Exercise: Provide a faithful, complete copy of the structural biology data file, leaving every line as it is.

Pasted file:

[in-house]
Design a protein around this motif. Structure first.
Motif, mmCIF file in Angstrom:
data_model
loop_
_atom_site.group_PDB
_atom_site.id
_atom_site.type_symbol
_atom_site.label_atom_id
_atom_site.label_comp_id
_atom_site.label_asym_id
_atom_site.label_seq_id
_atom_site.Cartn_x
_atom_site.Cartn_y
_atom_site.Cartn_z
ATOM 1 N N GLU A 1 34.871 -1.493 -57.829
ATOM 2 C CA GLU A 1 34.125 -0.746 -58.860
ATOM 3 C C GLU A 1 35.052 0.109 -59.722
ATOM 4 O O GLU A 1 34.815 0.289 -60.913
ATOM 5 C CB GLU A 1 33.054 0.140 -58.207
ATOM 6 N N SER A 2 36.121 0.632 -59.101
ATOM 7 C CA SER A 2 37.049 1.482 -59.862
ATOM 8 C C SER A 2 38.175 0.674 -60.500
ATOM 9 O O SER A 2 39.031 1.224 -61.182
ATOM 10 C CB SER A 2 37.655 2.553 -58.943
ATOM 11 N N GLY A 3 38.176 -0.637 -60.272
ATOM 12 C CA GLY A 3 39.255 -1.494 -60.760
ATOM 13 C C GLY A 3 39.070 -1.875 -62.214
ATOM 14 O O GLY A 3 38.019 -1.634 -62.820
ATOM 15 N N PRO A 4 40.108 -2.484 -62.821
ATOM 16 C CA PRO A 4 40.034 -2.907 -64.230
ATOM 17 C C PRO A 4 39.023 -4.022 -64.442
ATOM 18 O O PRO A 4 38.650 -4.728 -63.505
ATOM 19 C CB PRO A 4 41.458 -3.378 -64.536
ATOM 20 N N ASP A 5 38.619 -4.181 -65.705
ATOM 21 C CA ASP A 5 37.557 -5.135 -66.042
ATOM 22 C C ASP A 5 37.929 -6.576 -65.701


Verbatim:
[in-house]
Design a protein around this motif. Structure first.
Motif, mmCIF file in Angstrom:
data_model
loop_
_atom_site.group_PDB
_atom_site.id
_atom_site.type_symbol
_atom_site.label_atom_id
_atom_site.label_comp_id
_atom_site.label_asym_id
_atom_site.label_seq_id
_atom_site.Cartn_x
_atom_site.Cartn_y
_atom_site.Cartn_z
ATOM 1 N N GLU A 1 34.871 -1.493 -57.829
ATOM 2 C CA GLU A 1 34.125 -0.746 -58.860
ATOM 3 C C GLU A 1 35.052 0.109 -59.722
ATOM 4 O O GLU A 1 34.815 0.289 -60.913
ATOM 5 C CB GLU A 1 33.054 0.140 -58.207
ATOM 6 N N SER A 2 36.121 0.632 -59.101
ATOM 7 C CA SER A 2 37.049 1.482 -59.862
ATOM 8 C C SER A 2 38.175 0.674 -60.500
ATOM 9 O O SER A 2 39.031 1.224 -61.182
ATOM 10 C CB SER A 2 37.655 2.553 -58.943
ATOM 11 N N GLY A 3 38.176 -0.637 -60.272
ATOM 12 C CA GLY A 3 39.255 -1.494 -60.760
ATOM 13 C C GLY A 3 39.070 -1.875 -62.214
ATOM 14 O O GLY A 3 38.019 -1.634 -62.820
ATOM 15 N N PRO A 4 40.108 -2.484 -62.821
ATOM 16 C CA PRO A 4 40.034 -2.907 -64.230
ATOM 17 C C PRO A 4 39.023 -4.022 -64.442
ATOM 18 O O PRO A 4 38.650 -4.728 -63.505
ATOM 19 C CB PRO A 4 41.458 -3.378 -64.536
ATOM 20 N N ASP A 5 38.619 -4.181 -65.705
ATOM 21 C CA ASP A 5 37.557 -5.135 -66.042
ATOM 22 C C ASP A 5 37.929 -6.576 -65.701